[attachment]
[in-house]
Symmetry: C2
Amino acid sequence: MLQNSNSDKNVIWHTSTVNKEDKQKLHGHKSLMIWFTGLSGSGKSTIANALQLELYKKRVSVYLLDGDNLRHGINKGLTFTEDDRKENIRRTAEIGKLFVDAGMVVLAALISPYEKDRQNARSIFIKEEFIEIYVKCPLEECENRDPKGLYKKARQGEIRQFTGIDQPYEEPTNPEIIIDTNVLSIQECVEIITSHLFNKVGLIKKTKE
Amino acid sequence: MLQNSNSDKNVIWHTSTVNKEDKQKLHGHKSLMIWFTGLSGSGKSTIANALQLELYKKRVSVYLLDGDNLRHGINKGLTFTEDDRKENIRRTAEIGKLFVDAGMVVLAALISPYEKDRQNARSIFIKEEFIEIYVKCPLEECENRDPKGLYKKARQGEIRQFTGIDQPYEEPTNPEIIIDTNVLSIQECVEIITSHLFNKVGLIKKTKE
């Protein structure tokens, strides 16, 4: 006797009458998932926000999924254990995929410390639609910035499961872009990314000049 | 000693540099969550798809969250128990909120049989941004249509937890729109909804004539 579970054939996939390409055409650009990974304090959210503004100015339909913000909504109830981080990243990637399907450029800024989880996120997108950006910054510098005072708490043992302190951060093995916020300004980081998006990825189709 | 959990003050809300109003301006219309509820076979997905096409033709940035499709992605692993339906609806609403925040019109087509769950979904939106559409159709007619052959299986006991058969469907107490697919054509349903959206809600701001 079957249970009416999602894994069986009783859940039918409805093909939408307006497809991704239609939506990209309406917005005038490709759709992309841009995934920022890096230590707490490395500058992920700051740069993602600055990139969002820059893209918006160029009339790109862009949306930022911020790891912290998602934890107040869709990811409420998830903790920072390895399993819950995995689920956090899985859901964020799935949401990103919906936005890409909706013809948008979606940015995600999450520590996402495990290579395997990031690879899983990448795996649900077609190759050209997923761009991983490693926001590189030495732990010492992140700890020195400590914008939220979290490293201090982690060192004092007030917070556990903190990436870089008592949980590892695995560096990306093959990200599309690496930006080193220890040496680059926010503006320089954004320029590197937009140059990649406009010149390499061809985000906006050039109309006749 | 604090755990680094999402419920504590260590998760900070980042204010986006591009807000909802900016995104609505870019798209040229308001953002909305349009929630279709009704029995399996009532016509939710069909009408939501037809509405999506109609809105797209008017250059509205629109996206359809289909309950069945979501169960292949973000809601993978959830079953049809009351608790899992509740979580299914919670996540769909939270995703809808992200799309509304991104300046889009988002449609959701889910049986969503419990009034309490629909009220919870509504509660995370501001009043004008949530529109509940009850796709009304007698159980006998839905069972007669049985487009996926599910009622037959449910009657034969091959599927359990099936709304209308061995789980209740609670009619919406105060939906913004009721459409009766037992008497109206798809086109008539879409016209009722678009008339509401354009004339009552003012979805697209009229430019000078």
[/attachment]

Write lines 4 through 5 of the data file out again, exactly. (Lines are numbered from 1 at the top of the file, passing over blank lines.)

Amino acid sequence: MLQNSNSDKNVIWHTSTVNKEDKQKLHGHKSLMIWFTGLSGSGKSTIANALQLELYKKRVSVYLLDGDNLRHGINKGLTFTEDDRKENIRRTAEIGKLFVDAGMVVLAALISPYEKDRQNARSIFIKEEFIEIYVKCPLEECENRDPKGLYKKARQGEIRQFTGIDQPYEEPTNPEIIIDTNVLSIQECVEIITSHLFNKVGLIKKTKE
């Protein structure tokens, strides 16, 4: 006797009458998932926000999924254990995929410390639609910035499961872009990314000049 | 000693540099969550798809969250128990909120049989941004249509937890729109909804004539 579970054939996939390409055409650009990974304090959210503004100015339909913000909504109830981080990243990637399907450029800024989880996120997108950006910054510098005072708490043992302190951060093995916020300004980081998006990825189709 | 959990003050809300109003301006219309509820076979997905096409033709940035499709992605692993339906609806609403925040019109087509769950979904939106559409159709007619052959299986006991058969469907107490697919054509349903959206809600701001 079957249970009416999602894994069986009783859940039918409805093909939408307006497809991704239609939506990209309406917005005038490709759709992309841009995934920022890096230590707490490395500058992920700051740069993602600055990139969002820059893209918006160029009339790109862009949306930022911020790891912290998602934890107040869709990811409420998830903790920072390895399993819950995995689920956090899985859901964020799935949401990103919906936005890409909706013809948008979606940015995600999450520590996402495990290579395997990031690879899983990448795996649900077609190759050209997923761009991983490693926001590189030495732990010492992140700890020195400590914008939220979290490293201090982690060192004092007030917070556990903190990436870089008592949980590892695995560096990306093959990200599309690496930006080193220890040496680059926010503006320089954004320029590197937009140059990649406009010149390499061809985000906006050039109309006749 | 604090755990680094999402419920504590260590998760900070980042204010986006591009807000909802900016995104609505870019798209040229308001953002909305349009929630279709009704029995399996009532016509939710069909009408939501037809509405999506109609809105797209008017250059509205629109996206359809289909309950069945979501169960292949973000809601993978959830079953049809009351608790899992509740979580299914919670996540769909939270995703809808992200799309509304991104300046889009988002449609959701889910049986969503419990009034309490629909009220919870509504509660995370501001009043004008949530529109509940009850796709009304007698159980006998839905069972007669049985487009996926599910009622037959449910009657034969091959599927359990099936709304209308061995789980209740609670009619919406105060939906913004009721459409009766037992008497109206798809086109008539879409016209009722678009008339509401354009004339009552003012979805697209009229430019000078």